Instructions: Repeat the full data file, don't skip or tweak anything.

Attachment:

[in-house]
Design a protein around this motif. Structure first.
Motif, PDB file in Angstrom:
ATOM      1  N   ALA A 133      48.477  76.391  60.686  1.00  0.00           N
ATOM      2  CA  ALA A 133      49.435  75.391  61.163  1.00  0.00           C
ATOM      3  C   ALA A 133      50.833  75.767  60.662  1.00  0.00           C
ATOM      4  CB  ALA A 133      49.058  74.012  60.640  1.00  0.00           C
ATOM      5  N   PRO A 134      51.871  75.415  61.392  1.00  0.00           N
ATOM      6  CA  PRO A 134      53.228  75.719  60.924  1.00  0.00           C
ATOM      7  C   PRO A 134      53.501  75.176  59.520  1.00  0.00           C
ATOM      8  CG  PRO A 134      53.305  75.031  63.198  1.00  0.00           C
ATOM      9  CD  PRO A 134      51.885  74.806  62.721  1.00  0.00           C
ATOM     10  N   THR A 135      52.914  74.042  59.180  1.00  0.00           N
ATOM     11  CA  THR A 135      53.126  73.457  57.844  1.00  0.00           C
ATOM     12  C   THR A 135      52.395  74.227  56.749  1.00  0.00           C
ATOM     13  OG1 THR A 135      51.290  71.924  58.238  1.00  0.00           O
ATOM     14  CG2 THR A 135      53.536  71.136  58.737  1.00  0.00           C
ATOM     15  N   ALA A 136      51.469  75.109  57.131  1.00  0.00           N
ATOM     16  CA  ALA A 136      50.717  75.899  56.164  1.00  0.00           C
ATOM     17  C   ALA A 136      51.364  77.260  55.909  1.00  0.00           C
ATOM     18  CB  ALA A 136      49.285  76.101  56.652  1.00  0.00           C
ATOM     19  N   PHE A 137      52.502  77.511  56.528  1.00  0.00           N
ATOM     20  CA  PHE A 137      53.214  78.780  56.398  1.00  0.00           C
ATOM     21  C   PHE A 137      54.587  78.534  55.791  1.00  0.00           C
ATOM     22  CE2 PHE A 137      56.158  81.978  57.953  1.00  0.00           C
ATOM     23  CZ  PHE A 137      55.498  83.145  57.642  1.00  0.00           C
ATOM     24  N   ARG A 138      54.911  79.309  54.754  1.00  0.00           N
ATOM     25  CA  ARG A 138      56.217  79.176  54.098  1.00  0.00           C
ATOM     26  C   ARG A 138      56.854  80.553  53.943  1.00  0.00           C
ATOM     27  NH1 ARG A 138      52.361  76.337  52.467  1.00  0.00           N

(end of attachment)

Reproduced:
[in-house]
Design a protein around this motif. Structure first.
Motif, PDB file in Angstrom:
ATOM      1  N   ALA A 133      48.477  76.391  60.686  1.00  0.00           N
ATOM      2  CA  ALA A 133      49.435  75.391  61.163  1.00  0.00           C
ATOM      3  C   ALA A 133      50.833  75.767  60.662  1.00  0.00           C
ATOM      4  CB  ALA A 133      49.058  74.012  60.640  1.00  0.00           C
ATOM      5  N   PRO A 134      51.871  75.415  61.392  1.00  0.00           N
ATOM      6  CA  PRO A 134      53.228  75.719  60.924  1.00  0.00           C
ATOM      7  C   PRO A 134      53.501  75.176  59.520  1.00  0.00           C
ATOM      8  CG  PRO A 134      53.305  75.031  63.198  1.00  0.00           C
ATOM      9  CD  PRO A 134      51.885  74.806  62.721  1.00  0.00           C
ATOM     10  N   THR A 135      52.914  74.042  59.180  1.00  0.00           N
ATOM     11  CA  THR A 135      53.126  73.457  57.844  1.00  0.00           C
ATOM     12  C   THR A 135      52.395  74.227  56.749  1.00  0.00           C
ATOM     13  OG1 THR A 135      51.290  71.924  58.238  1.00  0.00           O
ATOM     14  CG2 THR A 135      53.536  71.136  58.737  1.00  0.00           C
ATOM     15  N   ALA A 136      51.469  75.109  57.131  1.00  0.00           N
ATOM     16  CA  ALA A 136      50.717  75.899  56.164  1.00  0.00           C
ATOM     17  C   ALA A 136      51.364  77.260  55.909  1.00  0.00           C
ATOM     18  CB  ALA A 136      49.285  76.101  56.652  1.00  0.00           C
ATOM     19  N   PHE A 137      52.502  77.511  56.528  1.00  0.00           N
ATOM     20  CA  PHE A 137      53.214  78.780  56.398  1.00  0.00           C
ATOM     21  C   PHE A 137      54.587  78.534  55.791  1.00  0.00           C
ATOM     22  CE2 PHE A 137      56.158  81.978  57.953  1.00  0.00           C
ATOM     23  CZ  PHE A 137      55.498  83.145  57.642  1.00  0.00           C
ATOM     24  N   ARG A 138      54.911  79.309  54.754  1.00  0.00           N
ATOM     25  CA  ARG A 138      56.217  79.176  54.098  1.00  0.00           C
ATOM     26  C   ARG A 138      56.854  80.553  53.943  1.00  0.00           C
ATOM     27  NH1 ARG A 138      52.361  76.337  52.467  1.00  0.00           N